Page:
Creating an add-on page with the REST API: Part 1

Screenshot of the Members plugin add-ons admin screen/page

When I released version 2.0.0 of the Members plugin a few months ago, I created a new admin screen that listed all of the plugin’s add-ons. I used the WordPress REST API on this site and some custom code to get that data within the Members plugin. Basically, this is a way for me to directly communicate with my plugin users.

I even cleared this project with the plugin team ahead of time to make sure I wasn’t doing anything out of bounds in terms of the guidelines.

Most tutorials you’ll read on the REST API talk extensively about all the cool JavaScript stuff you can do. They go into stuff like ES6, Webpack, Babel, and so on. If you’re coming from a PHP development background, much of this can be confusing, especially if you simply want to know what sort of things you can do with the REST API.

In this tutorial, I’ll only be sharing PHP code, and our use of the REST API will only be for reading/getting data. This is the type of foundational stuff that should be helpful to those who just want to learn some of the basics.

In part 1 of this tutorial, we’re going to cover the REST API aspects that will run on our own sites. In part 2, we’ll build an admin screen to show off our add-ons to plugin users.

If building an add-on screen for your plugin isn’t your thing, you may still find this tutorial helpful. What we’re really doing is learning how to retrieve data from our site using the REST API. There are numerous applications for this.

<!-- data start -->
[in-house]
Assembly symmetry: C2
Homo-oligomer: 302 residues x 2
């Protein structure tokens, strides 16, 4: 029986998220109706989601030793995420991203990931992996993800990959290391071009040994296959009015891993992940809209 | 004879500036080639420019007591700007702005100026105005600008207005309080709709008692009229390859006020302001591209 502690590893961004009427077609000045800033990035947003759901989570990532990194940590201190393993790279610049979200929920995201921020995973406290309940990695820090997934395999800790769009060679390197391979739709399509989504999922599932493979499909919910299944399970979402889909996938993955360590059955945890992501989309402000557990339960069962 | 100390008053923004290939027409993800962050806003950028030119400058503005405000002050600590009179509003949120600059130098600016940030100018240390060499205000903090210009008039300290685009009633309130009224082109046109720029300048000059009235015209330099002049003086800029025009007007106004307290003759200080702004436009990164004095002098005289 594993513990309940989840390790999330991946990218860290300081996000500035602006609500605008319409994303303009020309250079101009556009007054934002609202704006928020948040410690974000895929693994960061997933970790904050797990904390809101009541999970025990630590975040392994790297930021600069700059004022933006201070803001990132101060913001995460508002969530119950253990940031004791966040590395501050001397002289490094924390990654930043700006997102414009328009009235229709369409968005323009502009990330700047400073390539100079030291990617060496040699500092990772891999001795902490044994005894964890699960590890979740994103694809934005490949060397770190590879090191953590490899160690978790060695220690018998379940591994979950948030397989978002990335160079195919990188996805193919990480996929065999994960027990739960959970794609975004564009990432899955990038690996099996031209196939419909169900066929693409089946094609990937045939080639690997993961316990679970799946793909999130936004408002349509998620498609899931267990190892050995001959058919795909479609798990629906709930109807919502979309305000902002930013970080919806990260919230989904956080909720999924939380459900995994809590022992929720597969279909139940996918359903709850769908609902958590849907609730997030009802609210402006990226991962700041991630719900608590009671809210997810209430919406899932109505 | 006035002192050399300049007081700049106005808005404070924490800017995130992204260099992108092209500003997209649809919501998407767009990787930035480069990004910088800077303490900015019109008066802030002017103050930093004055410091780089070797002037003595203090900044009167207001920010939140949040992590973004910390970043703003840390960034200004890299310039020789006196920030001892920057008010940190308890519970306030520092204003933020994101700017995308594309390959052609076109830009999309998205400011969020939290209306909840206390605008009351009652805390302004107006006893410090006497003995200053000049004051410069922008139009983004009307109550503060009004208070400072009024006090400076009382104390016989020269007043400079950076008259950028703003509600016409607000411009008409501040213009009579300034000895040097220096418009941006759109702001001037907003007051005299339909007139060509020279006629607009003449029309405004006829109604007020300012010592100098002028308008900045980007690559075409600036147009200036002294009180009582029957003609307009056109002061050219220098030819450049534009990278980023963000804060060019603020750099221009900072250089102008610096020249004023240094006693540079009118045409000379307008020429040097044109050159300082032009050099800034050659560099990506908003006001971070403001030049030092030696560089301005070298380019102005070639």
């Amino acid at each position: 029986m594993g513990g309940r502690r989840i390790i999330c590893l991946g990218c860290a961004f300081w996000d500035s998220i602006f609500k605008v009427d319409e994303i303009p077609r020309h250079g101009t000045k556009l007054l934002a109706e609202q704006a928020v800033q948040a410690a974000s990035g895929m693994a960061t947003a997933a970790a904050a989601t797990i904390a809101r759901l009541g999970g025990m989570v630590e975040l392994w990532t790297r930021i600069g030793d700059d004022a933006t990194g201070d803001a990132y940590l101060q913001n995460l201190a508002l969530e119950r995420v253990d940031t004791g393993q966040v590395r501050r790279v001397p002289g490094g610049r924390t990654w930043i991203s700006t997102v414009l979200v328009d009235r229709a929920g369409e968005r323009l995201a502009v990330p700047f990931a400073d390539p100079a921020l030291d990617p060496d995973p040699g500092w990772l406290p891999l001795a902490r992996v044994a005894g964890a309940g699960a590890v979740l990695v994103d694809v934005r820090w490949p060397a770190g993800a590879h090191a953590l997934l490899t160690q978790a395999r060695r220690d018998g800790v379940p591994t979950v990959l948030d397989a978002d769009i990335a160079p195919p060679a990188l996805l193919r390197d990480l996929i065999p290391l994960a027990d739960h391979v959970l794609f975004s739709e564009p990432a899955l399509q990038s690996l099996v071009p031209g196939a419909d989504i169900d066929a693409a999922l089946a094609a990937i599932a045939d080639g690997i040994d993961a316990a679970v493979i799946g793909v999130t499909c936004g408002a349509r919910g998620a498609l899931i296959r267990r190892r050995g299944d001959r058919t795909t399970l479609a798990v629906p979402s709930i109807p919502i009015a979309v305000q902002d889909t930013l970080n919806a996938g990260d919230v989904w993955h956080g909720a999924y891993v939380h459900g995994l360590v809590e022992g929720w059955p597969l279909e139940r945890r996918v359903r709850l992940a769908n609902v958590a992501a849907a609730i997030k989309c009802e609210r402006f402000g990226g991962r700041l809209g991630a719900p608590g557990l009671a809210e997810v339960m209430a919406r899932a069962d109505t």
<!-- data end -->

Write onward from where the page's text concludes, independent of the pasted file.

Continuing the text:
I’m going to make some assumptions in this tutorial. Primarily, I’m going to assume you have some development experience under your belt. If you haven’t built a few plugins, this is probably not the best starting point. A general working knowledge of WP concepts such as the following are necessary:

  • Some idea of what the REST API is.
  • Sanitizing and validating data.
  • Querying and looping through posts.
  • Transients.
  • Creating custom admin screens.
  • A way to manage your “plugin” posts on your site.

I highly recommend Plugin Developer for managing your plugin portfolio. It’s a plugin I built for people who build plugins, and I personally use it here on Theme Hybrid. Use whatever you want. Just note that I’m using a custom post type of “plugin” and some custom functions from Plugin Developer in some of the code examples.

Building with the API

Now, we’re getting into the meat of things. We need a way for our site to share data. There are many ways to actually do this, but the REST API makes this simple by creating some standard ways of handling the more complex bits.

Creating a REST route

The first step is creating a custom REST route. A route is basically the part of the URL that tells us what to create, read, update, or delete (CRUD). If we have a URL of, the th/v1/plugins is the “route”. The th/v1 is the namespace and version for the route.

And, that’s exactly what we’re doing in this next example code. We’re registering a custom route with WordPress.

I’m using the th/v1 namespace. th is just short for “Theme Hybrid”. You should change that to something unique to your project. Namespaces require both the name and version. Note: Versioning is awesome because you have a back-compatible way to handle breaking changes in the future.

add_action( 'rest_api_init', 'thapi_register_routes' );

function thapi_register_routes() {

    $namespace = 'th/v1';
    $route     = 'plugins';

            'methods'  => \WP_REST_Server::READABLE,
            'callback' => 'thapi_get_plugins',
            'args'     => array(
                'addons' => array(
                    'description'        => 'Limit results to specific parent plugin.',
                    'type'               => 'string',
                    'sanitize_callback'  => 'sanitize_text_field',
                    'validate_callback'  => 'thapi_validate_addon_option',
                    'enum'               => thapi_get_addon_options()